Wait a Minute

Let’s try a word-association test. I’ll say a word, and you say the first thing that comes to mind. Ready? “Patience.” (What, you don’t want to play anymore?)

Of all the fruit the Holy Spirit produces in us, the prospect of acquiring patience unsettles us the most. How many times, for instance, have we heard—or said—something like this: “Don’t pray for patience, because you just might get it!” Kindness, goodness, and faithfulness? Yes, Lord, make me more like you. Love, joy, and peace? Come and fill me to overflowing. But patience? Please, Lord, not today. I don’t have time for it.

We’re so thankful when others endure us with grace, and we respect them for their forbearance, so what makes this particular virtue so difficult for us to practice? I think it is because patience is the “time element” fruit: it requires us, amid trying circumstances, to relinquish control over a protracted and often indeterminable period of time. An act of kindness may only take a moment, and we love in real-time. Patience, though, means waiting in faith—abiding a difficulty we cannot control and hoping for what we cannot see—for who knows how long?

Patience is a struggle for us, but it is the very nature of God. We see it in the Heavenly Father’s assurance to His Kingly Son, as David reveals: “The Lord said to my Lord: ‘Sit at my right hand until I put your enemies under your feet.’”1 We experience it in God’s regard for us, as Peter writes, “The Lord is not slow in keeping his promise as some understand slowness. Instead he is patient with you, not wanting anyone to perish, but everyone to come to repentance.”2

The fact of the matter is, for all it demands of us, patience gives us back much more. So, let’s try our word-association game again . . .

“Patience.” “Rest.” Patience beckons us to rest in God, rather than to churn in doubt.
“Patience.” “Honor.” Patience calls us to honor those we might otherwise belittle.
“Patience.” “Grace.” Patience invites us to “pay forward” the grace God has shown us.
“Patience.” “Contentment.” Patience matures us from situational happiness to unconditional contentment.
“Patience.” “Opportunity.” Patience allows us to repair relationships we have damaged through impatience.
“Patience.” “Enjoyment.” Patience frees us to enjoy the moments we might merely have endured.
“Patience.” “Humility.” In patience, we trust the faithfulness of God and esteem others as our equals.
“Patience.” “Clarity.” In patience, we exchange our agenda of ambiguity for God’s calendar of clarity.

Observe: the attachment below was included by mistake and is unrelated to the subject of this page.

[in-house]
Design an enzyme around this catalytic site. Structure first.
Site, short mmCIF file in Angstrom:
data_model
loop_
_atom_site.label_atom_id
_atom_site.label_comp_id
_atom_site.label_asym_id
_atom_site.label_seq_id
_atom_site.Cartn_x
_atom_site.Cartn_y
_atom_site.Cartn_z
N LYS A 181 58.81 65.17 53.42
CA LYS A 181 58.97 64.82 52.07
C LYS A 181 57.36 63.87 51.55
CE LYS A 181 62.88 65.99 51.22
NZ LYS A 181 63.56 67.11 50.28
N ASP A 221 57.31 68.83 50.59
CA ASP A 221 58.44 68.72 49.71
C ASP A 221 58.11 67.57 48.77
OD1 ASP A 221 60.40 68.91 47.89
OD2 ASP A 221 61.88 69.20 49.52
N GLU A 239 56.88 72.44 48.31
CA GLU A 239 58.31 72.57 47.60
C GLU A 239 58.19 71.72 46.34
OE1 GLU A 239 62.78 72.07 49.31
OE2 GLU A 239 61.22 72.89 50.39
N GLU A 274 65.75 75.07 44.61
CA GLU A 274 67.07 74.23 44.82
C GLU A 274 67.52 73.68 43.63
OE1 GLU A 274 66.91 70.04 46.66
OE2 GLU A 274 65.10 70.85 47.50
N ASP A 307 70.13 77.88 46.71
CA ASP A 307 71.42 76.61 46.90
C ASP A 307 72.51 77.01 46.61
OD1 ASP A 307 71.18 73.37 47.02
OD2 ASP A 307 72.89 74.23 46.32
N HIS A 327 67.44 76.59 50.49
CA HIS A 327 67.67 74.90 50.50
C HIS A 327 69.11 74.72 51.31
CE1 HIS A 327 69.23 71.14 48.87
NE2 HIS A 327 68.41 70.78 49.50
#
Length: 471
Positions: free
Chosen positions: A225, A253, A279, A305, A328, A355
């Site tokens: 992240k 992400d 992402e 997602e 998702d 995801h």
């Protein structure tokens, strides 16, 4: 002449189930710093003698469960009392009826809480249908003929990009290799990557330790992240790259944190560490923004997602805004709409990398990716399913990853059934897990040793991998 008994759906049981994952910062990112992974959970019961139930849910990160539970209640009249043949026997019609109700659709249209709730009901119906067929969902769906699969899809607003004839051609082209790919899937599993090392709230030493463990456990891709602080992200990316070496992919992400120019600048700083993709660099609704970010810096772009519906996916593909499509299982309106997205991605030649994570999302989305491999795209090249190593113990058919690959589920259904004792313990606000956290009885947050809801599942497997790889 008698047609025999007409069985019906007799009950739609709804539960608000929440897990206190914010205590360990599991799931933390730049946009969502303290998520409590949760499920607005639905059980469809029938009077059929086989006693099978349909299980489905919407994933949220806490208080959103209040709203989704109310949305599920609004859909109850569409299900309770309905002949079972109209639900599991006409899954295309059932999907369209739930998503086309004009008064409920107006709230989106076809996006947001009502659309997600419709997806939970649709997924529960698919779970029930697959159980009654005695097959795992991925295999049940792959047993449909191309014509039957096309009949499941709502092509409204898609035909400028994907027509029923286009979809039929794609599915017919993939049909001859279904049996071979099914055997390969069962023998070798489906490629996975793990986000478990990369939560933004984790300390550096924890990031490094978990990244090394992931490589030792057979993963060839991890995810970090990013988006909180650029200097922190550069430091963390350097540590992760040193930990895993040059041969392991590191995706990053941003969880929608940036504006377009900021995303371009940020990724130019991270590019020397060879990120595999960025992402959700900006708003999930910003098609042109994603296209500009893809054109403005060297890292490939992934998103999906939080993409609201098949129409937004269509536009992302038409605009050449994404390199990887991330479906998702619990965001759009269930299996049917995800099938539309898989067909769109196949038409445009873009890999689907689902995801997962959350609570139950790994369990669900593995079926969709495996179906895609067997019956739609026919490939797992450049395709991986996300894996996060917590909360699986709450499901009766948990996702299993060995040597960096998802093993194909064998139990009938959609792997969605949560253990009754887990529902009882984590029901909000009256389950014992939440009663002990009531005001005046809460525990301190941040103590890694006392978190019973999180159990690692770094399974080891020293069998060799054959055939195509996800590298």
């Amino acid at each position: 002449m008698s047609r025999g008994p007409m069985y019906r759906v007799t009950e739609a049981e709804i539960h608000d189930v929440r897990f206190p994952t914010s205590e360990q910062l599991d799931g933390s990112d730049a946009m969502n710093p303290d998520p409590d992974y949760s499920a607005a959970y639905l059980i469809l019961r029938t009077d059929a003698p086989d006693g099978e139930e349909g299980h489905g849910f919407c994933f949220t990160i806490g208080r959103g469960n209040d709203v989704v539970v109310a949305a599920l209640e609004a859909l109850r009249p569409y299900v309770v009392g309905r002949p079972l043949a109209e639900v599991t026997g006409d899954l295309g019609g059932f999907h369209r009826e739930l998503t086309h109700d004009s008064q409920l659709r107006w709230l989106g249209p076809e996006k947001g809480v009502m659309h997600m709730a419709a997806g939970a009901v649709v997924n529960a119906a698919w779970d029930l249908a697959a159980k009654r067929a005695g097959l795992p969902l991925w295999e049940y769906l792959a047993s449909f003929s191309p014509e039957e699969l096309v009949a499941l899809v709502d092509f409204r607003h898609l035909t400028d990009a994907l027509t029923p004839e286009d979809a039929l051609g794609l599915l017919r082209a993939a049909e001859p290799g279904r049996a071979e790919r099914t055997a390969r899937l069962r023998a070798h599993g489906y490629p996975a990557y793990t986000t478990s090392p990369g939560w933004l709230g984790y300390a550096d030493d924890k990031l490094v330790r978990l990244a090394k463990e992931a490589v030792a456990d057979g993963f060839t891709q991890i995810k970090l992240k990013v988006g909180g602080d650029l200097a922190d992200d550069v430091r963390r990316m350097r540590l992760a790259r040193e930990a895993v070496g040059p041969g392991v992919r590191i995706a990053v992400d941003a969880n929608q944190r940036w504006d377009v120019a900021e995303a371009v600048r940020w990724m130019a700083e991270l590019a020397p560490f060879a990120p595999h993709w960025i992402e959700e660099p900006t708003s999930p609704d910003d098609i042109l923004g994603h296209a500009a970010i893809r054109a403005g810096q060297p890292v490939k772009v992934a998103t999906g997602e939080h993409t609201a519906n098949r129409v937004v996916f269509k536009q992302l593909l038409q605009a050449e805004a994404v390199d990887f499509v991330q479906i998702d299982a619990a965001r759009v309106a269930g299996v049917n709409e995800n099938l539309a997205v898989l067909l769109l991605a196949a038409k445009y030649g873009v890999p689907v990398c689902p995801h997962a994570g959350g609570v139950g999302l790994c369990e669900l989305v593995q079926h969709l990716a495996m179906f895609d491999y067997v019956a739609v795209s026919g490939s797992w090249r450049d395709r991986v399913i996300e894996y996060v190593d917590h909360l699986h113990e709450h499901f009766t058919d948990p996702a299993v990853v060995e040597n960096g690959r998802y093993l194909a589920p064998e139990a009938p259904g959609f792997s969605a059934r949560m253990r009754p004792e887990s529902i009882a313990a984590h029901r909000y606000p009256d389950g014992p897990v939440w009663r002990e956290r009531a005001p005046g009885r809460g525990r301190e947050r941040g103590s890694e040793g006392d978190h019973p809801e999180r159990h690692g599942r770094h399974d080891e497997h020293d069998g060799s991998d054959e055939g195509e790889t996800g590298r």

“Patience.” “Faith.” In patience, we overcome the weakness of doubt with the strength of belief.

Father, dare I ask for patience? Yes, though it costs me my will, I choose to trust in your sovereignty, your wisdom, your love, and your faithfulness. Grace me to flourish in the grace and peace I’ll find in patience. In Jesus’ name and the power of your Spirit, I pray. Amen.

Christ in me is humility.

[Read today’s Scripture in Mark 12:35-37.]

1 Mark 12:36
2 2 Peter 3:9


Restored at a Price

It was Augustine of Hippo who confessed, “You have made us for yourself, and our hearts are restless until they can find peace in you.”1 He certainly spoke for me. In fact, so restless was I one Sunday evening years ago that I called my mother to vent my frustration. “Mom, over the past ten years, I’ve prayed, read the Bible, gone to church, and begged and pleaded with God; but I’m just not getting it.” She listened patiently to my lament and then responded, “I hear you speak of God, but I don’t hear you mention Jesus.” And with so few words, she had gotten to the crux of the matter.

“That’s a sore spot with me,” I replied, “I know the Bible teaches salvation comes through Jesus’ death and resurrection, but I don’t understand why. Why all the drama? Why couldn’t He have just clicked his heels together three times and that be good enough?” (It somehow seemed like a plausible alternative at the time.) Now my mother had been a Bethel Bible Series teacher, and so she summarized the two-year course for me in about five minutes! She shared Leviticus 17:11, where God made it clear that “. . . the life of the creature is in the blood . . . it is the blood that makes atonement for one’s life.” In other words, it takes one life to redeem another life lost.